Spill your beans and save my stomach!
January 10, 2007 10:01 PM   Subscribe

What is the "shelf-life" of my homemade mixed-bean salad? Ingredients, recipes, and other curiosities follow, so please check out

I have drained, rinsed, and submerged:

1 can of kidney beans
1 can of garbanzo beans
1 can of cannellini beans
1 can of pinto beans, and
1 can of black-eyed peas

in enough white-balsamic vinegar that the entire bean-salad is covered. I am keeping the mix in a plastic container (specifically: Ikea tupperware in my refrigerator.

My question is: How quickly will this bean-salad spoil? What is the “shelf-life” of it, so to speak? Is it good indefinitely (as it is submerged in vinegar and refrigerated), or is there a specific time-frame during which it is edible, and then must be promptly thrown away lest I suffer the wrath of the gastronomic gods?

If there is a time limit, is it a week? two weeks? a month?

After enduring numerous bouts of stomach-related sickness, I am ever the one to err on the side of caution; however, I don’t want to be wasteful, so I’d like to avoid throwing this delicious mix out prematurely. Suggestions?

I thank you on my belly’s behalf.
posted by numinous to Food & Drink (6 answers total) 1 user marked this as a favorite
I have certainly the fear of food poisoning, and make Three Bean Salad a lot. I don't use nearly as much vinegar as that, but I would still likely find it okay by the visual and olfactory tests till around the two week mark. However, it never lasts longer than that... so I can't speak definitively.

But if you have the stuff submerged in vinegar, for pete's sake, that's pickling! And pickling was devised for sailors and pioneers. They didn't refrigerate the stiff, even. Vinegar is a curative. I always remember what I once heard: that the mayo is the last thing to go bad in a chicken/tuna/egg salad, etc. on a picnic, because it's vinegared. I think your worries are overblown.
posted by Ambrosia Voyeur at 10:37 PM on January 10, 2007

"... But if you have the stuff submerged in vinegar, for pete's sake, that's pickling! ..."
posted by Ambrosia Voyeur at 1:37 AM EST on January 11

I think most food scientists would argue that pickling is usually thought of as more a brine based process (salt and water being the usual minimum ingredients of a pickling brine), than an acid based process. But I suppose that's nearly a distinction without a difference, for the OP's sake. Probably, if numinous added a small amount of salt to the mix, the effectiveness of the solution as a preservative would be better. And if numinous chooses canned beans with high levels of approved food preservatives, the shelf life of the salted, vinegared, preservative laced mix, kept tightly covered in a cold refrigerator in a sterilized storage container could easily be several weeks.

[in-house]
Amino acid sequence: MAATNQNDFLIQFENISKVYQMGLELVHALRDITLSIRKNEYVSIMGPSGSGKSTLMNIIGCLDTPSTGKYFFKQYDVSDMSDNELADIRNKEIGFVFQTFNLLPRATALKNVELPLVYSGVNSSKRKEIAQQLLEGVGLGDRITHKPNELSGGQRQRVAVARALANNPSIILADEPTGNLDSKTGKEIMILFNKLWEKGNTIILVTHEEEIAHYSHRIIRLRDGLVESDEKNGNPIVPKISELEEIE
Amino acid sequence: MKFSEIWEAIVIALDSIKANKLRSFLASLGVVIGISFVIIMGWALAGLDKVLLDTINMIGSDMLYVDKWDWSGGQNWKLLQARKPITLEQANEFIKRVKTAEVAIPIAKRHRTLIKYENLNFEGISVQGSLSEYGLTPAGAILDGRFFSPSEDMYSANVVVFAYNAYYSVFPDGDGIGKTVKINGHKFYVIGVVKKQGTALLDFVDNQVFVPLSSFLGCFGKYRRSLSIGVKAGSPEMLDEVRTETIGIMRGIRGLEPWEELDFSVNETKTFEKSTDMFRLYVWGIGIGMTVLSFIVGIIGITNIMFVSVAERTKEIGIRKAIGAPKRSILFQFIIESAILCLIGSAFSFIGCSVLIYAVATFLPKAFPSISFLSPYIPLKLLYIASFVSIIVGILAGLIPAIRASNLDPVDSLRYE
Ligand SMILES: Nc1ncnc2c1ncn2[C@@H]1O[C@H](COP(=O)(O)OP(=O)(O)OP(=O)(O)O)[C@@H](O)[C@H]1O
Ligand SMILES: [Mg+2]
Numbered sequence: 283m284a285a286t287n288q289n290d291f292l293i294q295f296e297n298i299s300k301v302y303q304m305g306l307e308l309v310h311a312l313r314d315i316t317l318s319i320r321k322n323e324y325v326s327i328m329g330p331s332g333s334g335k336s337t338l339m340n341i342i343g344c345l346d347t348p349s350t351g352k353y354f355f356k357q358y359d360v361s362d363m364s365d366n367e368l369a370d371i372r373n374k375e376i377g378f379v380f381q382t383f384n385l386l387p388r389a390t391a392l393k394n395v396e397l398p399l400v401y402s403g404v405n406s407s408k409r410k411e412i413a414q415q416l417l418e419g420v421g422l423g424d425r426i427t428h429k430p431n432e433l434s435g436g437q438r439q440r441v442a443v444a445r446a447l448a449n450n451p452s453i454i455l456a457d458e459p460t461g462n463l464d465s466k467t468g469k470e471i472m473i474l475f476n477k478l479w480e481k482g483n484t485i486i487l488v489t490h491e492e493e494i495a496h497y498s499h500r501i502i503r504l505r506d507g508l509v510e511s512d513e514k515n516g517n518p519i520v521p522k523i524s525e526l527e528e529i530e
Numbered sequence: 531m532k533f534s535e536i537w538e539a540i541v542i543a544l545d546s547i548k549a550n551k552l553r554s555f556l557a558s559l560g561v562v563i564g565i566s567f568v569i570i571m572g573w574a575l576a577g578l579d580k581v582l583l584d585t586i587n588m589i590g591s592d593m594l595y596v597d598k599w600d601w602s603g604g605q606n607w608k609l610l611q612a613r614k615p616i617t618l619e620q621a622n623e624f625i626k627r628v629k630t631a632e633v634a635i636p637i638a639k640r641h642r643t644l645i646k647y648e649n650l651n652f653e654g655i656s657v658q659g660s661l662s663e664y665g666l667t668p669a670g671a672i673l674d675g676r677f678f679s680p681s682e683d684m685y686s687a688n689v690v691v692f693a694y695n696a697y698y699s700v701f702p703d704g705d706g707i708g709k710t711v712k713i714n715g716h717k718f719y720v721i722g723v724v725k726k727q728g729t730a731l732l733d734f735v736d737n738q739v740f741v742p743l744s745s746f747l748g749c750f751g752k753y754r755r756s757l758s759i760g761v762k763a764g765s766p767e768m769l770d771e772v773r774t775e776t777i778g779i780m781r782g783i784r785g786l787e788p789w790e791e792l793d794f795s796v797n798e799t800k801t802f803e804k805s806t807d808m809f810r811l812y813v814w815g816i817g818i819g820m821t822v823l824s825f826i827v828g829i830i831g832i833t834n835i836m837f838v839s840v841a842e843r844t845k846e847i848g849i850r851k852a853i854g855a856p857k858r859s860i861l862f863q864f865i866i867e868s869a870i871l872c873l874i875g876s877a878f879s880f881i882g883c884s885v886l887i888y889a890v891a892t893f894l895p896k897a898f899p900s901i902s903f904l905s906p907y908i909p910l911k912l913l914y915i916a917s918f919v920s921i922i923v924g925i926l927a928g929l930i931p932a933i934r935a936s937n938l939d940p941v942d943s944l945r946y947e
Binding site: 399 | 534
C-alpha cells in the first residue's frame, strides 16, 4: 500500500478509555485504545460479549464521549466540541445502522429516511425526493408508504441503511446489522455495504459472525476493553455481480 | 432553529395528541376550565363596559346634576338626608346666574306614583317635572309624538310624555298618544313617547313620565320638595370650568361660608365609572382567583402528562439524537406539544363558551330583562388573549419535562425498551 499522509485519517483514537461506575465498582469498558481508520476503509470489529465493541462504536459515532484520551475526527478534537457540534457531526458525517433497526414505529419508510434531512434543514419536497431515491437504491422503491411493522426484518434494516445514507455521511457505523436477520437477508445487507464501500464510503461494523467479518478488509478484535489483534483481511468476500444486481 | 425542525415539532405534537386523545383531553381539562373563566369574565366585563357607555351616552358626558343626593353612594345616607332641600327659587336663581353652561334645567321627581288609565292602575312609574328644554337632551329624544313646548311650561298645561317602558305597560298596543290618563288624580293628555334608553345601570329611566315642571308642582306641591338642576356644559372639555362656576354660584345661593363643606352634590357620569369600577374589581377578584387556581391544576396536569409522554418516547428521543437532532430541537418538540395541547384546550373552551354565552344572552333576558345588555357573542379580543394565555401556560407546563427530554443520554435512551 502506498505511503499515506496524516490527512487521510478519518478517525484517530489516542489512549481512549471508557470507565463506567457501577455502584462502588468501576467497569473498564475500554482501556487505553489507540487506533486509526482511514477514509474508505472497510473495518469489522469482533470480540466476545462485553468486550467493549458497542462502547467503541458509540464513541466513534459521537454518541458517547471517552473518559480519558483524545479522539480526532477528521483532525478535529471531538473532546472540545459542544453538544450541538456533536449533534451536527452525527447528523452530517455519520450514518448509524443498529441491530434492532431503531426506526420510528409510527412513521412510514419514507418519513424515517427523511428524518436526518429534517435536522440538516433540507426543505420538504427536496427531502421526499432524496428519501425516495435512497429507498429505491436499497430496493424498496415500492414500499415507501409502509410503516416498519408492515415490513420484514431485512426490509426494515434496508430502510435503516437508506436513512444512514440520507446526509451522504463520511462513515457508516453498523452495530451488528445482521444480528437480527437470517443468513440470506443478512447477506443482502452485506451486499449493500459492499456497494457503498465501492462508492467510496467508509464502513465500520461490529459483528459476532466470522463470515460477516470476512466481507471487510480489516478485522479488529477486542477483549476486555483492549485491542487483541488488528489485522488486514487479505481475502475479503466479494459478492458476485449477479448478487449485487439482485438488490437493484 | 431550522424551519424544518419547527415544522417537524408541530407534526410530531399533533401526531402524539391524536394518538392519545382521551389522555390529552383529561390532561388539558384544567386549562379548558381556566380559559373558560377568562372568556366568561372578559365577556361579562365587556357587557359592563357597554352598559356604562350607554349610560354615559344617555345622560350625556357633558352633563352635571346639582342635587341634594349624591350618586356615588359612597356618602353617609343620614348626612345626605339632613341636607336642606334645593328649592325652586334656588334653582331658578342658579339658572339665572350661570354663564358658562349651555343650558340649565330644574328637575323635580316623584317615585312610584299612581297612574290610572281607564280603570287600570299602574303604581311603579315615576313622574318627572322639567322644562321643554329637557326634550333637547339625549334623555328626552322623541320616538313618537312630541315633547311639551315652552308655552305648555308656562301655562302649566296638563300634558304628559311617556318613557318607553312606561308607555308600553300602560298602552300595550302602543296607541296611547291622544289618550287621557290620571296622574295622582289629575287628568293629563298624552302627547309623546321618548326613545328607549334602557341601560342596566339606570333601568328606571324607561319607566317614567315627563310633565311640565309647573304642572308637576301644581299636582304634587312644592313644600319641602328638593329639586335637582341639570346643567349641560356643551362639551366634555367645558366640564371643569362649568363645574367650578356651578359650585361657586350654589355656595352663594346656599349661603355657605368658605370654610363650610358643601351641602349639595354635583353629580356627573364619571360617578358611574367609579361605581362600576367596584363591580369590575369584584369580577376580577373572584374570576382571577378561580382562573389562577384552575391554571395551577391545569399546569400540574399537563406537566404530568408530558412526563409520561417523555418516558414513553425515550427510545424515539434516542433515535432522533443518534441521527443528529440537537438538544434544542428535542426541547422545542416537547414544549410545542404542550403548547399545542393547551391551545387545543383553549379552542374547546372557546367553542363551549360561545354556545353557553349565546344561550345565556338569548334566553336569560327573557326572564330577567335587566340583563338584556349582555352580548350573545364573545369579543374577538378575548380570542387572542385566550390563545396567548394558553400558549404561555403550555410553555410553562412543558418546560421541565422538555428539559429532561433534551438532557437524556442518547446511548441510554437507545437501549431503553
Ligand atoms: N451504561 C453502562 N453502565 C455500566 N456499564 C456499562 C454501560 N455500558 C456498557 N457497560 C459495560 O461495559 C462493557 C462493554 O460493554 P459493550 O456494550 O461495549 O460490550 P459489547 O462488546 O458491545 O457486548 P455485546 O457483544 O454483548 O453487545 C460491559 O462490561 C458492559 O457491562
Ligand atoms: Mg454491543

An even longer term solution might be to make great batches of the stuff, and divide weekly portions of it into ziplock bags to be stored in the freezer, for future use. This might, however, have detrimental effects on the texture of the stuff, and would argue against very high levels of salt in the brine.
posted by paulsc at 2:13 AM on January 11, 2007

I make a similar salad and give it 10 days until I toss it.
posted by meerkatty at 3:57 AM on January 11, 2007

This article doesn't specifically cover your bean salad. However, it does point out that over 300 people have been made sick/died (?) from green bean salad. due to Bacillus cereus.

It does point out that refrigeration does not necessarily keep food safe, but states that food (prepared correctly) can last up to 5–7 days at 5 oC or less.

This link suggests that 3 to 5 days is the maximum.

And this one states that even a commercial wash preparation is not better than water at removing Shigella, an emerging pathogen known to be found in bean salads.

Having read all this, I have resolved to continue not to eat bean salad.
posted by b33j at 4:53 AM on January 11, 2007

There's nothing in that salad that would make you sick when it got old (ie no meat or eggs or dairy), the beans will probably just get mushy or brown. It'll just have an unpleasant texture.

Human kind has spent millenia taking a small bite of their leftover bean salad to see if it's okay, and very few people have died as a result. Methinks you are are being a big worrywart.
posted by Kololo at 12:03 PM on January 11, 2007

Also, you might want to investigate a new bean salad recipe. I mean, all you've got there is beans and vinegar. How good could that possibly taste?

Throw in some chopped peppers or tomatoes or cucumbers at least.
posted by Kololo at 12:05 PM on January 11, 2007

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